October 1, 2012
“We live in a state rich in colleges and universities. Throughout the world, the name Massachusetts is synonymous with higher education excellence. While we have these many great schools, I would argue that the University of Massachusetts stands out in a particular way and has a singular importance to the state,” President Caret said.
“We are the research university that wakes up in the morning thinking about how to make Massachusetts a better place in which to live, raise a family, start a business, buy a house, build a career and educate one’s children,” he said. “For 150 years, the University of Massachusetts has been guided by its singular mission of serving the people of Massachusetts and building Massachusetts into the great state that it has become. The commonwealth’s cause has been—and always will be—our cause.”
The bus tour is President Caret’s second in as many years. Last year, as the newly arrived president of the five-campus, 71,000-student UMass system, he traveled the state asking regional leaders how UMass could increase its local and statewide impact and seeking support for the University and its mission of education, research and public service.
This year’s trip features stops in:
Springfield, Holyoke, Hadley and Lowell, on Monday, Oct. 1;
Gloucester and Boston, on Tuesday, Oct. 2;
Boston, Wareham, Cape Cod and Dartmouth, on Wednesday, Oct. 3
New Bedford, Fall River and Worcester, on Thursday, Oct. 4.
A detailed itinerary is available at: www.massachusetts.edu/bustour2012.
Expected to join President Caret during the tour are Massachusetts Senate President Therese Murray, House Speaker Robert A. DeLeo, Education Secretary Paul Reville and Henry M. Thomas III, the chairman of the UMass Board of Trustees. UMass campus chancellors also will participate.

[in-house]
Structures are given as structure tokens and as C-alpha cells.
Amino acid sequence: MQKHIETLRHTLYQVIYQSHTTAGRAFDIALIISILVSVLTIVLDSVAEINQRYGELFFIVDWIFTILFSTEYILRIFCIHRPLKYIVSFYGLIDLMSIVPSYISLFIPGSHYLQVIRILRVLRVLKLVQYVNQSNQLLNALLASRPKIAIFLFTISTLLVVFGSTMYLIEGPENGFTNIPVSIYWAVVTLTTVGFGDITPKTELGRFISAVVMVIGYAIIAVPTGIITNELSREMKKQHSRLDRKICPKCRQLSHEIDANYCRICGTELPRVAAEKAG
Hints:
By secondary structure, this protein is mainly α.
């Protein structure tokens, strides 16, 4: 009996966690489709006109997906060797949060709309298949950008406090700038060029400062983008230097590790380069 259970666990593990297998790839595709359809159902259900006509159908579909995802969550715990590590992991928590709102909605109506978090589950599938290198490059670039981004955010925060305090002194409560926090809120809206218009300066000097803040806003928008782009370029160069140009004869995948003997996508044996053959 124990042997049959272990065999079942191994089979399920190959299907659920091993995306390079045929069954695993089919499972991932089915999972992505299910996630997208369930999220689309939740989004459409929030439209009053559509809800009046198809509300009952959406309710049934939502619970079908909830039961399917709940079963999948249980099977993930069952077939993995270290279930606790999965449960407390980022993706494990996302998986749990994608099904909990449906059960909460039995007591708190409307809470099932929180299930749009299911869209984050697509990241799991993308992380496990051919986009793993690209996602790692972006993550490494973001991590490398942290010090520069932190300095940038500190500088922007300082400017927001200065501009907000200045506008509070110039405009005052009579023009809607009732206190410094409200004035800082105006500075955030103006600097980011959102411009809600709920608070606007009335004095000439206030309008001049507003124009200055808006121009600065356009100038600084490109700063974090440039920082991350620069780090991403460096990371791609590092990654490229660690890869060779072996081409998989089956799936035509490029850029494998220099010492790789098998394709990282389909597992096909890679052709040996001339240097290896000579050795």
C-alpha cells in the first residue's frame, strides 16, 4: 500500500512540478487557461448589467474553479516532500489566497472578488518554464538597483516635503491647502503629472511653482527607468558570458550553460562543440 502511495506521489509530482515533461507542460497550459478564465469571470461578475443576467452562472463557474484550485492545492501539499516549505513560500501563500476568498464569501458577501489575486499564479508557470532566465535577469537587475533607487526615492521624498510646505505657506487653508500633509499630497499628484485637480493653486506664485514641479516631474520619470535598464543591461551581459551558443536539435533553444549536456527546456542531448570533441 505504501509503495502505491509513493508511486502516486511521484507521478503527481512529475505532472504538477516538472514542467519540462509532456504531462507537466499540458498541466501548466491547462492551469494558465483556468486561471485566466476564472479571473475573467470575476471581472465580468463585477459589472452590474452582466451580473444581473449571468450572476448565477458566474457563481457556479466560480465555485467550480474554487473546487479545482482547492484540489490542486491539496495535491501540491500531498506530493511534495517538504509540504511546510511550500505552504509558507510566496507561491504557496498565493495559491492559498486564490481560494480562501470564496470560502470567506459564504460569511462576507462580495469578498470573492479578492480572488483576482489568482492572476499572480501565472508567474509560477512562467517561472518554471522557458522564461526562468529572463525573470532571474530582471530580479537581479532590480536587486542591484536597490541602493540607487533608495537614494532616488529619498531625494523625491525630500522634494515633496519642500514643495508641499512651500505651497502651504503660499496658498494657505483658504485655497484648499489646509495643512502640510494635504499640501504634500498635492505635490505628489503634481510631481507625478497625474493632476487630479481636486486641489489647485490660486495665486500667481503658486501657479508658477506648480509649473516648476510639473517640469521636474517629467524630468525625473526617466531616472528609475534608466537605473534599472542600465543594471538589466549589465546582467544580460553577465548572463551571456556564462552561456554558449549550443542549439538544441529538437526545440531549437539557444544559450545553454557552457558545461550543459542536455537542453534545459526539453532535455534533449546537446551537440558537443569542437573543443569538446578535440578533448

President Caret said that UMass is a major engine for social and economic progress in Massachusetts, a status, he said, that befits it land-grant heritage.
“With a record 71,000 students enrolled on our five campuses, we are the largest university in the state—the largest university in New England. Eighty percent of our students come from Massachusetts, and most will remain here after they graduate. We award nearly 15,000 degrees every year, which means that 15 percent of the degrees minted in the commonwealth annually bear the name University of Massachusetts. Nearly 250,000 UMass graduates live in Massachusetts, which means that we have an enormous impact on the work force, on the economy and on society,” he noted.
President Caret added: “The University of Massachusetts attracts nearly $600 million a year in research funding, and the licensing income earned from faculty discoveries reached $54 million last year, making UMass a national leader in this area.”
The four-day, 500-mile bus tour includes visits to alumni start-up companies, business incubators, UMass research centers and other key university landmarks across the commonwealth. The tour, highlighting 150 years of UMass academic excellence and economic contributions, includes stops at the Massachusetts Green High Performance Computing Center in Holyoke, the UMass Gloucester Marine Research Station, the UMass Cranberry Station in Wareham and UMass Dartmouth’s MBA program at Cape Cod Community College.
Related links on UMassMedNow:
President Caret speaks at Faculty Council
UMass President Caret stops in Worcester on statewide tour
Caret inaugurated as 26th president of UMass